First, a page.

How Do Learners of English Overcome Non-Understanding: A Sequential Analysis of English as a Lingua Franca InteractionReportar como inadecuado

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Journal of Pan-Pacific Association of Applied Linguistics, v18 n1 p1-17 2014

Although there seems to be no doubt that English as a lingua franca paradigm has affected the focus of English language teaching toward the issue of mutual intelligibility, studies involving only non-native English speakers (NNS-NNS interaction) are still in their infancy. Using a sequential analysis, this study examines how Japanese learners of English communicate with non-native English interlocutors who do not share their L1 background, and analyzes how they overcome non-understanding when a breakdown in communication occurs from the perspective of English as a lingua franca. Data from video-recording and interviews were collected and the interactions in the three groups, including L1 speakers of Japanese, Malay and Chinese, were analyzed. The analysis reveals that ELF users' interactional modifications probably vary depending on the interlocutors and the given context, and also that non-understanding might not be overcome only through a particular modification pattern, but that a few different types of modifications and negotiation of meaning may be needed for a successful communication among the interlocutors. These observations suggest that English as a lingua franca interaction is cooperative and mutually supportive. Based on these findings, raising teachers' awareness of the lingua franca role of English and the need for implementing the training of negotiation skills for a successful communication are also discussed.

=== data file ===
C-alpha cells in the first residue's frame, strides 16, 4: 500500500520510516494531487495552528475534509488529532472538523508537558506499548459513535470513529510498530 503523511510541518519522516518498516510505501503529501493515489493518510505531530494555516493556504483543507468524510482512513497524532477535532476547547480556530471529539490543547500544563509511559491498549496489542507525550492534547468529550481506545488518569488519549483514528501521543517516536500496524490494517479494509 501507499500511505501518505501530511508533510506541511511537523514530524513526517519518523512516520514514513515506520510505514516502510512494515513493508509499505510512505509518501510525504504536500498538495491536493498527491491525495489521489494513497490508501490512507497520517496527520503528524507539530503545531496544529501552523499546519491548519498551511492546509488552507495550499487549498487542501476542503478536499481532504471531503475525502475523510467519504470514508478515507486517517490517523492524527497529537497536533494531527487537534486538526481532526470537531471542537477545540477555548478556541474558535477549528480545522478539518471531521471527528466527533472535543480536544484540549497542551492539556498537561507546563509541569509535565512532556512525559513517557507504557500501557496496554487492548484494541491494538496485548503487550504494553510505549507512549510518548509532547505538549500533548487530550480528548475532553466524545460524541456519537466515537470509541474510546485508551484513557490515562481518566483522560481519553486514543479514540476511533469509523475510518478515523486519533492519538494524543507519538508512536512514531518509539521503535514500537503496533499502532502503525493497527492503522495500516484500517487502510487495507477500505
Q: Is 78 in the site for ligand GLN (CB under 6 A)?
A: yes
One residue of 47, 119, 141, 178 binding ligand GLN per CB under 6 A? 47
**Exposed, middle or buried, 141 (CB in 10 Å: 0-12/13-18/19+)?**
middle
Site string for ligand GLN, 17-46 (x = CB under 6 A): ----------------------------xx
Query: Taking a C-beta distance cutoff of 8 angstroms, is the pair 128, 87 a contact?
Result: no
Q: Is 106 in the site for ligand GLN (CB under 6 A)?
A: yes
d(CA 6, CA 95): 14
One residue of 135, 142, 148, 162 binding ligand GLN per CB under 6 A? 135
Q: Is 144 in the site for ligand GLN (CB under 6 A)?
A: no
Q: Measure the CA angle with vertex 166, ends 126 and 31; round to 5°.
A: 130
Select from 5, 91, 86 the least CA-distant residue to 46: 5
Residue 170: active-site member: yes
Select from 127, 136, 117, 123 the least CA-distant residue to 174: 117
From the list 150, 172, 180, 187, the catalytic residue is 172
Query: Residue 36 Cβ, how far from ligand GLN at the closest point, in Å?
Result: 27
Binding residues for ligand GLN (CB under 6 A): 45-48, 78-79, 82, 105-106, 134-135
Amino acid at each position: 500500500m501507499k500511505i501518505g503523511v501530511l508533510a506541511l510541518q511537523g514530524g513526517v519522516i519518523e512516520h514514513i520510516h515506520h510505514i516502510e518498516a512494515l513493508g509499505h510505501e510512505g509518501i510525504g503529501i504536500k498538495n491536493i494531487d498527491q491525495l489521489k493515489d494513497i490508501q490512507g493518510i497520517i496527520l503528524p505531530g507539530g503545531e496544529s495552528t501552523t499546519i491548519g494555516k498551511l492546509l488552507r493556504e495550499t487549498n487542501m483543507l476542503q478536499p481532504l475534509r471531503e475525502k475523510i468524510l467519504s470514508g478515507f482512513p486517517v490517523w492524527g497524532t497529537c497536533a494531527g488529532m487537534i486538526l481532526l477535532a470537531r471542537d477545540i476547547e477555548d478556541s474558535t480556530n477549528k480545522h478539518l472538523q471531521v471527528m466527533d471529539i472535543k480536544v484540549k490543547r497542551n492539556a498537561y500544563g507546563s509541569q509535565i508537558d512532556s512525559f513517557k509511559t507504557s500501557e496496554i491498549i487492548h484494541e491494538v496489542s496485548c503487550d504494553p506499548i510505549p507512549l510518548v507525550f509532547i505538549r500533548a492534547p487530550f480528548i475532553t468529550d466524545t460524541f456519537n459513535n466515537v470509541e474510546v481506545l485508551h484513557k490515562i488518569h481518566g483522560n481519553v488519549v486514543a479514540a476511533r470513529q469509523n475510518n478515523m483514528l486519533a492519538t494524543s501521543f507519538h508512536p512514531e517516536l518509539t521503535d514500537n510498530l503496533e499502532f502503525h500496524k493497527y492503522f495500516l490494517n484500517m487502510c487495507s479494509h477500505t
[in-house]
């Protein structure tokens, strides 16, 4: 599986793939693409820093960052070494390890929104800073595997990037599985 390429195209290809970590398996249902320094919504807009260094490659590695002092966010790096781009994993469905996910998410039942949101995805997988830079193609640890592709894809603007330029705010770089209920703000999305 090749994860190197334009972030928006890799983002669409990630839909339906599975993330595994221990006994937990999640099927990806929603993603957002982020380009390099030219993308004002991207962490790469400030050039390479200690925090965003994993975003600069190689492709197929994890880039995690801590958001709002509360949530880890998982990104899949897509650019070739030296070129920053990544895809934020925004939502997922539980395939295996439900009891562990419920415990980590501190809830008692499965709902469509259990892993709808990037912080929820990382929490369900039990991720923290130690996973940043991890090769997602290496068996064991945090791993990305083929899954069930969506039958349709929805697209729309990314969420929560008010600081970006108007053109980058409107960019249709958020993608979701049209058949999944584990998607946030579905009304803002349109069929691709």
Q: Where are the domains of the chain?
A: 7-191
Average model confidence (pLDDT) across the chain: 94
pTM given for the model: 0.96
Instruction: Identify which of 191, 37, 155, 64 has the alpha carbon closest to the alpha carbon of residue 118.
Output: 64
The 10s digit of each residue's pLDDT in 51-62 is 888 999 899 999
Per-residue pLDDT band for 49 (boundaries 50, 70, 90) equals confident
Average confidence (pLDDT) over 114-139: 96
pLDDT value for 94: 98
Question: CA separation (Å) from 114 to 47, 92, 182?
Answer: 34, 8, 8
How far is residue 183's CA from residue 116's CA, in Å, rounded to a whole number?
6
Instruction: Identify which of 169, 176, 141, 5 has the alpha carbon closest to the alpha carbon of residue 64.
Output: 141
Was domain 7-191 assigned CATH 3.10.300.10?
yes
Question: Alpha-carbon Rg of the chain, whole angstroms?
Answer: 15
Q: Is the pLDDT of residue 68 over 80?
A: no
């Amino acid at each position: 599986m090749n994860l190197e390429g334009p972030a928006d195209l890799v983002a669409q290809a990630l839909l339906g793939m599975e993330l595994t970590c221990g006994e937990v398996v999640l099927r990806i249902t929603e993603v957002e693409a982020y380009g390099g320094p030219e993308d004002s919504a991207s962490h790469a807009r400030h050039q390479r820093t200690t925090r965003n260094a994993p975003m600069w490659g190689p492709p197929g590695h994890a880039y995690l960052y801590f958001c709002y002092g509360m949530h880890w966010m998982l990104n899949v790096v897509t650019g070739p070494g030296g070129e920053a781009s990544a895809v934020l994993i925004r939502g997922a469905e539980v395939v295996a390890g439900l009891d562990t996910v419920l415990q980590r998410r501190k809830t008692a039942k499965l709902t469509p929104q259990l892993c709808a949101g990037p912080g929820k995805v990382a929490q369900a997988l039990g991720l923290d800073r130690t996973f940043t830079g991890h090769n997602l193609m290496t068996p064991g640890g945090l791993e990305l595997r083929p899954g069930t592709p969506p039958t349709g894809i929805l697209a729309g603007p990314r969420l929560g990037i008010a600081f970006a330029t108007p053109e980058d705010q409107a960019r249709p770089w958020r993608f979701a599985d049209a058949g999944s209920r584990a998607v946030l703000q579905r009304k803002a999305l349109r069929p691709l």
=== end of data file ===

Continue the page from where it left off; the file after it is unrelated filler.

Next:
Descriptors: English (Second Language), Second Language Learning, Official Languages, Second Language Instruction, Sequential Approach, Japanese, Native Language, Interviews, Video Equipment, Indonesian, Chinese, Consciousness Raising, Intercultural Communication, Language Variation, Language Teachers, Persuasive Discourse, Teaching Methods

Pan-Pacific Association of Applied Linguistics. Department of English, Namseoul University, 21 Maeju-ri, Seonghwan-eup, Cheonan-city, Choongnam, Korea 330-707. Tel: +82-2-3290-1995; e-mail: paalkorea[at]; Web site:

Autor: Hanamoto, Hiroki


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